‘We are the mokopuna our tīpuna have been waiting for’

Whānau of Mangaroa Marae are gathering in the Hawke’s Bay settlement of Bridge Pa over Easter weekend to celebrate the marae’s 40th anniversary.

One of the uri of Ngāti Rāhunga i Te Rangi, Thompson Hokianga, said it was a dream of the community to establish a marae.

He was four years old at the opening of the marae on 31 March 1984. Both his great uncle and grandfather served as marae chairman and were instrumental in getting things over the line.

“When your grandfather is the chairman of the marae, all us kids and mokos were deeply embedded into the operations of the marae. The whole manaakitanga values and kotahitanga values and all those values that mean so much to enable the marae to operate were embedded in us not through understanding but through action.”

It was important to pull the iwi back together again and remind them of memories that have been dimmed over time, Hokianga said.

“It’s been a long time coming for our marae. Rather than just a celebration, there’s something a lot more profound in this whole process, and part of that is rekindling the fires of our tīpuna that initially had the dream to build a marae to serve our people.”

Hokianga said the weekend would be full of activities and kai, including time to reminisce and recognise the old people of the marae who have passed away.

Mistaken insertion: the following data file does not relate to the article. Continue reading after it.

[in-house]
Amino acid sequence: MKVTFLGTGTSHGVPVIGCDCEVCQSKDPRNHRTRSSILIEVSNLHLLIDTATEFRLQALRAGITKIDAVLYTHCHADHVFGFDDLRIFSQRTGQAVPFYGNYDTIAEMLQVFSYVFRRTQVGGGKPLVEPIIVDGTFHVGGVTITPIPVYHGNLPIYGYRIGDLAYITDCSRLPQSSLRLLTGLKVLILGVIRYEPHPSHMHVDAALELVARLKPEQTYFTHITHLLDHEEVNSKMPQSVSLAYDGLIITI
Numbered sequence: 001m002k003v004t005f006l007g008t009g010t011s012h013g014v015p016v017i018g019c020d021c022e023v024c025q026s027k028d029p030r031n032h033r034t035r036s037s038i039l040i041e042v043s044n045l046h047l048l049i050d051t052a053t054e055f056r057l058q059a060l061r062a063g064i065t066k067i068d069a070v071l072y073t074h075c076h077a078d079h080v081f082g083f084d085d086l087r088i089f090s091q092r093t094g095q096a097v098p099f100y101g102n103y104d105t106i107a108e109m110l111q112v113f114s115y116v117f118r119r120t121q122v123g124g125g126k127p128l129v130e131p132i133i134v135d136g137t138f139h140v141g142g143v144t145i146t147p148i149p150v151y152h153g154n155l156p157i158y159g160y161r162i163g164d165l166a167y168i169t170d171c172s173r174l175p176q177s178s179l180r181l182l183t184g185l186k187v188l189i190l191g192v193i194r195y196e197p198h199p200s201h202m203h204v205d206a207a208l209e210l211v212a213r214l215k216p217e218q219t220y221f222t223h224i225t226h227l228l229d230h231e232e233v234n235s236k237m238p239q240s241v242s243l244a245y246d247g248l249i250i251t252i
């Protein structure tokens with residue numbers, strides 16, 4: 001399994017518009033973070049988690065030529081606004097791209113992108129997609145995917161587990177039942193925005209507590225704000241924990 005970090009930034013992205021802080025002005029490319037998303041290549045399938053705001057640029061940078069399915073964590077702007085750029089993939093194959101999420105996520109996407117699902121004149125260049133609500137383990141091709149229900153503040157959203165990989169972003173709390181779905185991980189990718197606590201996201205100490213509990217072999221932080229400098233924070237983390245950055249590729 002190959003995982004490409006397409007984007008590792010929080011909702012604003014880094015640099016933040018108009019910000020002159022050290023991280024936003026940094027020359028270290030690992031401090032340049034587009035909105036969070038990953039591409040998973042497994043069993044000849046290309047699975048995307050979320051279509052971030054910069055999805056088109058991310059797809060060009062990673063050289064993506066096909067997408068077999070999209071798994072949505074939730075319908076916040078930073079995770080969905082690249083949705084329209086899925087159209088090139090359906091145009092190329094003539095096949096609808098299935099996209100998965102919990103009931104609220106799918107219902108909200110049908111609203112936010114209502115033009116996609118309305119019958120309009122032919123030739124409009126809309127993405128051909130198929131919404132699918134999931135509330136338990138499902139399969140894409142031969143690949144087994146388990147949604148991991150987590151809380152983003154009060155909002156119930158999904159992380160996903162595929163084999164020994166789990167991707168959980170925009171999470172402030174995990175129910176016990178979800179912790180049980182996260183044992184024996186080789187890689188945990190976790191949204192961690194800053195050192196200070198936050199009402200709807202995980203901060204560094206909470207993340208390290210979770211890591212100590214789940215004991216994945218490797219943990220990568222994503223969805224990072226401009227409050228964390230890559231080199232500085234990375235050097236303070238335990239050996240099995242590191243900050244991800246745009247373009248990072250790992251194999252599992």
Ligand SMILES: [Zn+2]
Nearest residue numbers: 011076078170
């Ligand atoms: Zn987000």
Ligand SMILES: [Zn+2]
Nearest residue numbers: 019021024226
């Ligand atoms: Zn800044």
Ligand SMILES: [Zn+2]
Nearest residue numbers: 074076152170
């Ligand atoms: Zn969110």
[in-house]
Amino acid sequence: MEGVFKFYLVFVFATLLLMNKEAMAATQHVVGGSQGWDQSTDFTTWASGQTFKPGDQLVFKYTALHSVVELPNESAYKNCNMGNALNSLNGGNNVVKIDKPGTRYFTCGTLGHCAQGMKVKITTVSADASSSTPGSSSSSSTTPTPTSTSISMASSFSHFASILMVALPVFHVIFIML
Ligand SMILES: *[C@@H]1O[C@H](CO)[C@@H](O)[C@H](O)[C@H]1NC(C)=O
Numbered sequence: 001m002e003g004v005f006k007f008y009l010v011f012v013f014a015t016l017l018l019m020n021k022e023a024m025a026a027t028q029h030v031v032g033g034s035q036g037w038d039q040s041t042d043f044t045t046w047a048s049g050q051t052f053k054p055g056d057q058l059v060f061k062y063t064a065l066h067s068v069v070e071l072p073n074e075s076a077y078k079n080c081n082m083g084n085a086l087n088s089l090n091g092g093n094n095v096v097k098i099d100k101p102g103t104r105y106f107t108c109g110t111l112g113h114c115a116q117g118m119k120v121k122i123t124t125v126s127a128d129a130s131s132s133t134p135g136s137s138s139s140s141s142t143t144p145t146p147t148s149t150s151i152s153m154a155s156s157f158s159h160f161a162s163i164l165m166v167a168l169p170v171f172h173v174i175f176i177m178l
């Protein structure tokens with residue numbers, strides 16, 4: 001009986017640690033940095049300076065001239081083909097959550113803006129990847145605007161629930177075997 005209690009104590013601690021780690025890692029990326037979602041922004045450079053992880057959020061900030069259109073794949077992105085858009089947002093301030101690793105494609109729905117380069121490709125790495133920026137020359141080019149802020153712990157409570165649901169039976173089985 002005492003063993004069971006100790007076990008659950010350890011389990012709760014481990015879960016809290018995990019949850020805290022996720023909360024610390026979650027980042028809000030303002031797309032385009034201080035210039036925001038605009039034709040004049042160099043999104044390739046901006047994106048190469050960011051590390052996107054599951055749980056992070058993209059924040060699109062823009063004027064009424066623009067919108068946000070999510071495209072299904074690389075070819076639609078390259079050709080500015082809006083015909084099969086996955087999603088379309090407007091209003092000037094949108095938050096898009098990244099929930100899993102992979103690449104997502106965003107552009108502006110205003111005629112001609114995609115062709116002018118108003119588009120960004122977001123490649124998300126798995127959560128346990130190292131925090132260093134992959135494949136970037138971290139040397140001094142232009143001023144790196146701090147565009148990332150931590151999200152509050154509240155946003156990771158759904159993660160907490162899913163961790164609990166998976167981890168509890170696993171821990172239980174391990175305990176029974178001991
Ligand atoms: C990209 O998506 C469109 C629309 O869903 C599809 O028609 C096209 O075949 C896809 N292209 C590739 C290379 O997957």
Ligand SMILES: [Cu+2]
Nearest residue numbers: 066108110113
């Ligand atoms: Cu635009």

Whānau were also encouraged to bring along their signature dishes for a hapū potluck.

The marae was looking towards the next 40 years and beyond - part of that was having a plan in place to fulfil the aspirations of the hapū, Hokianga said.

“It’s around the reclamation of our reo, it’s around the reclamation of our rangatiratanga and where we feature in iwi entities and Māori entities moving forward, both on a regional and a national level. It’s all of that and making sure our whānau are supported in their aspirations.”

The plan may change, but those aspirations will always stay the same, with the hope of inspiring the uri of the marae to look to the future while remaining grounded as members of a hapū and the marae, Hokianga said.

“We are doing a reasonably good job, and I think our tīpuna would be proud and we have to take a step back and remember that we are the mokopuna our tīpuna have been waiting for.”